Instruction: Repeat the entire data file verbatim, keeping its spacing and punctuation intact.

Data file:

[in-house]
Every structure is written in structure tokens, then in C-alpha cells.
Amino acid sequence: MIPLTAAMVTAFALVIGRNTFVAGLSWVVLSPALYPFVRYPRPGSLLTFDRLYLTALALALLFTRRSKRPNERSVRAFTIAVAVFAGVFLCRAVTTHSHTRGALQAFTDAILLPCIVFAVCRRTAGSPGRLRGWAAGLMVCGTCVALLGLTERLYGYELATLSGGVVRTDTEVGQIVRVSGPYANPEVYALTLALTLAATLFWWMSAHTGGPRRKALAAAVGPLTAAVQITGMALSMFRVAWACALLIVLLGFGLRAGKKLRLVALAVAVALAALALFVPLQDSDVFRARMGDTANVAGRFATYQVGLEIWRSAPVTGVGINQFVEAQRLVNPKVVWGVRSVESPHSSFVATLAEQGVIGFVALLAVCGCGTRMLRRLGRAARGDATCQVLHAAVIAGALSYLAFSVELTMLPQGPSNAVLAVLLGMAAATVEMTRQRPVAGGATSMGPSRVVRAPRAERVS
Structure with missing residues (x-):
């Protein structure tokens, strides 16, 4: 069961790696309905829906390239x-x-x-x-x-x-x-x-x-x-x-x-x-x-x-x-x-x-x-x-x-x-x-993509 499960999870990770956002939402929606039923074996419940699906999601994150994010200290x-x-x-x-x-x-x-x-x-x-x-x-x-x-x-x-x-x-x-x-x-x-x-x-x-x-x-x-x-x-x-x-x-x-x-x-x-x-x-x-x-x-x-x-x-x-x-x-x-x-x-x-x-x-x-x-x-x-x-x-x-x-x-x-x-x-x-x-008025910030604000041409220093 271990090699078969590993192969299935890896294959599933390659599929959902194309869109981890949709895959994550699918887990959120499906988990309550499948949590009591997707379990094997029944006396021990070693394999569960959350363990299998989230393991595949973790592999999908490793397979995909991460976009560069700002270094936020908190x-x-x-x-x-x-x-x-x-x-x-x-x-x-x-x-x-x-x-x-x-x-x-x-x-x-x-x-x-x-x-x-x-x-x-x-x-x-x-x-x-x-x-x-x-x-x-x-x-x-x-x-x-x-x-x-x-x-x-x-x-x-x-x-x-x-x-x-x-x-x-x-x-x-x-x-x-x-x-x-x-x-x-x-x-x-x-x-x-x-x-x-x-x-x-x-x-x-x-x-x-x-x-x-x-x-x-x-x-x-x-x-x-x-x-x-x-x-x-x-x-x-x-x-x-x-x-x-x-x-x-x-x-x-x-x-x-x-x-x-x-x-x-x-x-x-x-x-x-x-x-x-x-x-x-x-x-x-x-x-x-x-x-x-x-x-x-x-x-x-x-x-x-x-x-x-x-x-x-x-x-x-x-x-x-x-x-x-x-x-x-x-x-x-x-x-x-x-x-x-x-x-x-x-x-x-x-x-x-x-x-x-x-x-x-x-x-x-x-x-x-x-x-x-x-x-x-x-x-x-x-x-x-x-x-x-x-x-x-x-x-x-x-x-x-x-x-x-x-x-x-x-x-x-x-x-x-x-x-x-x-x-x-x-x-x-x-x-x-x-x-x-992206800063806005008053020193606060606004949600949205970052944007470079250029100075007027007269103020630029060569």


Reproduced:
[in-house]
Every structure is written in structure tokens, then in C-alpha cells.
Amino acid sequence: MIPLTAAMVTAFALVIGRNTFVAGLSWVVLSPALYPFVRYPRPGSLLTFDRLYLTALALALLFTRRSKRPNERSVRAFTIAVAVFAGVFLCRAVTTHSHTRGALQAFTDAILLPCIVFAVCRRTAGSPGRLRGWAAGLMVCGTCVALLGLTERLYGYELATLSGGVVRTDTEVGQIVRVSGPYANPEVYALTLALTLAATLFWWMSAHTGGPRRKALAAAVGPLTAAVQITGMALSMFRVAWACALLIVLLGFGLRAGKKLRLVALAVAVALAALALFVPLQDSDVFRARMGDTANVAGRFATYQVGLEIWRSAPVTGVGINQFVEAQRLVNPKVVWGVRSVESPHSSFVATLAEQGVIGFVALLAVCGCGTRMLRRLGRAARGDATCQVLHAAVIAGALSYLAFSVELTMLPQGPSNAVLAVLLGMAAATVEMTRQRPVAGGATSMGPSRVVRAPRAERVS
Structure with missing residues (x-):
């Protein structure tokens, strides 16, 4: 069961790696309905829906390239x-x-x-x-x-x-x-x-x-x-x-x-x-x-x-x-x-x-x-x-x-x-x-993509 499960999870990770956002939402929606039923074996419940699906999601994150994010200290x-x-x-x-x-x-x-x-x-x-x-x-x-x-x-x-x-x-x-x-x-x-x-x-x-x-x-x-x-x-x-x-x-x-x-x-x-x-x-x-x-x-x-x-x-x-x-x-x-x-x-x-x-x-x-x-x-x-x-x-x-x-x-x-x-x-x-x-008025910030604000041409220093 271990090699078969590993192969299935890896294959599933390659599929959902194309869109981890949709895959994550699918887990959120499906988990309550499948949590009591997707379990094997029944006396021990070693394999569960959350363990299998989230393991595949973790592999999908490793397979995909991460976009560069700002270094936020908190x-x-x-x-x-x-x-x-x-x-x-x-x-x-x-x-x-x-x-x-x-x-x-x-x-x-x-x-x-x-x-x-x-x-x-x-x-x-x-x-x-x-x-x-x-x-x-x-x-x-x-x-x-x-x-x-x-x-x-x-x-x-x-x-x-x-x-x-x-x-x-x-x-x-x-x-x-x-x-x-x-x-x-x-x-x-x-x-x-x-x-x-x-x-x-x-x-x-x-x-x-x-x-x-x-x-x-x-x-x-x-x-x-x-x-x-x-x-x-x-x-x-x-x-x-x-x-x-x-x-x-x-x-x-x-x-x-x-x-x-x-x-x-x-x-x-x-x-x-x-x-x-x-x-x-x-x-x-x-x-x-x-x-x-x-x-x-x-x-x-x-x-x-x-x-x-x-x-x-x-x-x-x-x-x-x-x-x-x-x-x-x-x-x-x-x-x-x-x-x-x-x-x-x-x-x-x-x-x-x-x-x-x-x-x-x-x-x-x-x-x-x-x-x-x-x-x-x-x-x-x-x-x-x-x-x-x-x-x-x-x-x-x-x-x-x-x-x-x-x-x-x-x-x-x-x-x-x-x-x-x-x-x-x-x-x-x-x-x-x-x-x-992206800063806005008053020193606060606004949600949205970052944007470079250029100075007027007269103020630029060569």